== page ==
AUSTIN, Texas – Republican lawmakers around the country are pressing ahead with efforts to tighten voting laws, despite growing warnings from business leaders that the measures could harm democracy and the economic climate.
More than 50 companies and business organizations, including some in Texas, released an open letter on Tuesday expressing opposition to “any changes” that would make it harder to vote in that state. The letter — signed by American Airlines, Microsoft Corp., HP Inc., Patagonia, Levi Strauss & Co. and others — comes amid votes on legislation that critics say would place disproportionate burdens on minority and disabled voters.
“We believe the right to vote is sacred. When more people participate in our democratic process, we will all prosper,” the letter said. “The growth of free enterprise is directly related to the freedom of its citizens."
The statement stopped short of stating opposition to the specific legislation proposed in Texas. Nonetheless, it amounts to a cautious rebuke of lawmakers using former President Donald Trump’s false claims about a stolen election to make it harder to vote.
Texas is emerging as the next major battleground in the fight over voting laws. The Texas House could vote, as soon as this week, on a bill that effectively targets Harris County, home of Houston and a Democratic hub, after officials there dramatically expanded voting options in 2020 amid the coronavirus pandemic. The Texas Senate has advanced its own package, with the two chambers likely headed to a compromise committee that would fashion a final version.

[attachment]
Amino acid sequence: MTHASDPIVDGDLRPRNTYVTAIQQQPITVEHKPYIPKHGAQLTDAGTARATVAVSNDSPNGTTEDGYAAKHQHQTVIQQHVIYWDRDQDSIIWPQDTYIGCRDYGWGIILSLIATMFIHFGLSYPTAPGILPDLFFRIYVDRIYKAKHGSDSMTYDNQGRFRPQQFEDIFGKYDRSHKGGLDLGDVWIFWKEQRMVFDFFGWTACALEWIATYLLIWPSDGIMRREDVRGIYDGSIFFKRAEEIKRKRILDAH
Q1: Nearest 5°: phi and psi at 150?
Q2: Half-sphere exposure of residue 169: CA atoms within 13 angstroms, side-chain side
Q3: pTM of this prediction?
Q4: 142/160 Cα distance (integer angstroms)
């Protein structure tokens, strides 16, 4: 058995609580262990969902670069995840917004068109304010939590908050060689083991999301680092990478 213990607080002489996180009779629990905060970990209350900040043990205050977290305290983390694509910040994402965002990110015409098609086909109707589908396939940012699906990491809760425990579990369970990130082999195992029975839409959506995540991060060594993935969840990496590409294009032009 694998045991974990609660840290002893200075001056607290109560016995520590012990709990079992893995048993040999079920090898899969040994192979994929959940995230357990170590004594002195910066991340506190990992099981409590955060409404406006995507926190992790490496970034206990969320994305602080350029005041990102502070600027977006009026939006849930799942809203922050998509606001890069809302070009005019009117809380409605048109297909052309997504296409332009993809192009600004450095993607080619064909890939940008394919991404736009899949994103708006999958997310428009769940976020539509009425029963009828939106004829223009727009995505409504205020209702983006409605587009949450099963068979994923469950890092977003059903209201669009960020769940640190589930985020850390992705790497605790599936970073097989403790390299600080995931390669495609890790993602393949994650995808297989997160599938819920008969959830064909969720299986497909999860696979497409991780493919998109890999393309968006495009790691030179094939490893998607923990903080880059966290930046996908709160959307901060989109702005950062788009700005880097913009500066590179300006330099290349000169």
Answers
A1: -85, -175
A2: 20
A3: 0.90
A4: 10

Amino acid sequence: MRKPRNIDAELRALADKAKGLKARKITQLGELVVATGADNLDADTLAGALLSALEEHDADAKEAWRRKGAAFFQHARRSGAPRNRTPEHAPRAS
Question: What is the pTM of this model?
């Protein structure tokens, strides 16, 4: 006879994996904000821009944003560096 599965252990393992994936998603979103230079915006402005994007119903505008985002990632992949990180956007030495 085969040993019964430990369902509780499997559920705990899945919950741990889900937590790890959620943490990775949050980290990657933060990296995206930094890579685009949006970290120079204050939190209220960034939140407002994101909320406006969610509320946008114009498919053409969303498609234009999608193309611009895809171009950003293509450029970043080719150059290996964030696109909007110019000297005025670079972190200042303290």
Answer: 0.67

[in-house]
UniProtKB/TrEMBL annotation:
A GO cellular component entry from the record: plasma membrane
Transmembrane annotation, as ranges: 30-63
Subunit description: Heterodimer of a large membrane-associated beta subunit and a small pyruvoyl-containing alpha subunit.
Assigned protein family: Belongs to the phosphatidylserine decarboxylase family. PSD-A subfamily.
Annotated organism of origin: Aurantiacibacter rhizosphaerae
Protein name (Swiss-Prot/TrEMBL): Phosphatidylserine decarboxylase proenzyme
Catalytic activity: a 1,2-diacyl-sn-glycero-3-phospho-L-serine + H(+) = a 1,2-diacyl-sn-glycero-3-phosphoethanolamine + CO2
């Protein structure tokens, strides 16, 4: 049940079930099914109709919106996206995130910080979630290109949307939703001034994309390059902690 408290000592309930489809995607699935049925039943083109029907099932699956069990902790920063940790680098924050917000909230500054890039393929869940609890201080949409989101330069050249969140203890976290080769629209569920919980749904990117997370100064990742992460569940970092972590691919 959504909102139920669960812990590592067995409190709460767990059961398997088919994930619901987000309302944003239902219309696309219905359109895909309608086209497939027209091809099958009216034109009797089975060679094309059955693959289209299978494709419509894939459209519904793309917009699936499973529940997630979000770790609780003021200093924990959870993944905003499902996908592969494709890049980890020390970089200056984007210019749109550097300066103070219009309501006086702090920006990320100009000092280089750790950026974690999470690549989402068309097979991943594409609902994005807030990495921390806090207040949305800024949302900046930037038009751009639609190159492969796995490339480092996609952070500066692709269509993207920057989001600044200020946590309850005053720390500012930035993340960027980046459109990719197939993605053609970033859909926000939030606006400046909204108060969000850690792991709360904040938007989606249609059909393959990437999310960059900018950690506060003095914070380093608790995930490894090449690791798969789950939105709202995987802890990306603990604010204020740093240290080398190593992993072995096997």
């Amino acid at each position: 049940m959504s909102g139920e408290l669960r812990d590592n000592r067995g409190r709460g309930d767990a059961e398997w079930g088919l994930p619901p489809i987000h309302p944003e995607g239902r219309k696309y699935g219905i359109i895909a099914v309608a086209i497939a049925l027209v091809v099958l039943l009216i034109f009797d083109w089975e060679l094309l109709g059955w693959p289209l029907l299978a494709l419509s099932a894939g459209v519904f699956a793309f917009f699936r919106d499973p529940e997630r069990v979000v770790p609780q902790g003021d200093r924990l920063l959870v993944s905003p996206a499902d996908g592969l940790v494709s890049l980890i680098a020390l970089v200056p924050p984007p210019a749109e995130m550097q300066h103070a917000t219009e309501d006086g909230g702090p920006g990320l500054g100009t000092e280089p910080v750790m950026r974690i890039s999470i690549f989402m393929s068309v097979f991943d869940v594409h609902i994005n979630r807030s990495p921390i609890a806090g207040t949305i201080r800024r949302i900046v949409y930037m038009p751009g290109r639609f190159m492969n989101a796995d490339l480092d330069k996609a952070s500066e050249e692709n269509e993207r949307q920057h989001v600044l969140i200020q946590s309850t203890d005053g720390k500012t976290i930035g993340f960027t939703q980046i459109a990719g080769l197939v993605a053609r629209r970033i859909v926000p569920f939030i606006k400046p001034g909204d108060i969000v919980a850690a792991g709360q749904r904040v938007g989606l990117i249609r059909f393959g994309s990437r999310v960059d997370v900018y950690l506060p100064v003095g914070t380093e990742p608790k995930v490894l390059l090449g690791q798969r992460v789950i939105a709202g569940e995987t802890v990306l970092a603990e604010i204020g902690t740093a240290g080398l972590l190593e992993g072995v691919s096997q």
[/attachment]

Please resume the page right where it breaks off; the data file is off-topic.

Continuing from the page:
Republican Gov. Greg Abbott has expressed broad support for the effort.
Texas would follow other GOP-led states, including Georgia, Iowa and Florida, where GOP Gov. Ron DeSantis is expected to sign voting legislation passed last week. On Monday, Kansas' Republican-led legislature overrode the Democratic governor's veto to approve a voting law. Arizona is also considering legislation, and Republicans in Ohio are expected to introduce a package of proposals this week.
The details of the bills vary state to state but follow a similar pattern of making it harder for people to vote by mail or absentee. While voters of both parties have long used those methods to cast ballots, Democrats were more likely to vote remotely in 2020 — a fact that has spurred the GOP crackdown.